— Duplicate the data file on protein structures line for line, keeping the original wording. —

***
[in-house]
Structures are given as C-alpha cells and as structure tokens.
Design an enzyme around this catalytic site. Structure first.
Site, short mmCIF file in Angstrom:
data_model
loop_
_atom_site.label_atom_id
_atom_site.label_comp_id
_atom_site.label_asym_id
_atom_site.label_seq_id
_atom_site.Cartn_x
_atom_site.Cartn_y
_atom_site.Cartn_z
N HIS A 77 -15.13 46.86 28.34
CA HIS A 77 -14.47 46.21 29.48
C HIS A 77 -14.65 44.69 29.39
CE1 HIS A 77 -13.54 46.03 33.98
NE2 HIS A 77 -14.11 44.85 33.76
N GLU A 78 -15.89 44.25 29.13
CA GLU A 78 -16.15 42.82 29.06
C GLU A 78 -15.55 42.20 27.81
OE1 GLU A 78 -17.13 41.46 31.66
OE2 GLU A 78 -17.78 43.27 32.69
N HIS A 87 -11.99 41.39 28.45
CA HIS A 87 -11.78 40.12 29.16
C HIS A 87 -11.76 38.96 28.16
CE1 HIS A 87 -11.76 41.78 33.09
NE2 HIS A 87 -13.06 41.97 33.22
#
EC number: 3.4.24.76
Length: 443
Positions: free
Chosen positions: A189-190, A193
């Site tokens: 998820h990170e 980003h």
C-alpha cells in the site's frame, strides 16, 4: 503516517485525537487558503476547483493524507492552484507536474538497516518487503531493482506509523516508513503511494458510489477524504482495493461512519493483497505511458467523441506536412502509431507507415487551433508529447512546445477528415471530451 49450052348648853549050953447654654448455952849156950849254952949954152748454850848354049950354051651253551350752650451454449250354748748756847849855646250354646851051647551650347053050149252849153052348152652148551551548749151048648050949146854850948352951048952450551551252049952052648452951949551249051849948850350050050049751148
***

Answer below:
[in-house]
Structures are given as C-alpha cells and as structure tokens.
Design an enzyme around this catalytic site. Structure first.
Site, short mmCIF file in Angstrom:
data_model
loop_
_atom_site.label_atom_id
_atom_site.label_comp_id
_atom_site.label_asym_id
_atom_site.label_seq_id
_atom_site.Cartn_x
_atom_site.Cartn_y
_atom_site.Cartn_z
N HIS A 77 -15.13 46.86 28.34
CA HIS A 77 -14.47 46.21 29.48
C HIS A 77 -14.65 44.69 29.39
CE1 HIS A 77 -13.54 46.03 33.98
NE2 HIS A 77 -14.11 44.85 33.76
N GLU A 78 -15.89 44.25 29.13
CA GLU A 78 -16.15 42.82 29.06
C GLU A 78 -15.55 42.20 27.81
OE1 GLU A 78 -17.13 41.46 31.66
OE2 GLU A 78 -17.78 43.27 32.69
N HIS A 87 -11.99 41.39 28.45
CA HIS A 87 -11.78 40.12 29.16
C HIS A 87 -11.76 38.96 28.16
CE1 HIS A 87 -11.76 41.78 33.09
NE2 HIS A 87 -13.06 41.97 33.22
#
EC number: 3.4.24.76
Length: 443
Positions: free
Chosen positions: A189-190, A193
């Site tokens: 998820h990170e 980003h």
C-alpha cells in the site's frame, strides 16, 4: 503516517485525537487558503476547483493524507492552484507536474538497516518487503531493482506509523516508513503511494458510489477524504482495493461512519493483497505511458467523441506536412502509431507507415487551433508529447512546445477528415471530451 49450052348648853549050953447654654448455952849156950849254952949954152748454850848354049950354051651253551350752650451454449250354748748756847849855646250354646851051647551650347053050149252849153052348152652148551551548749151048648050949146854850948352951048952450551551252049952052648452951949551249051849948850350050050049751148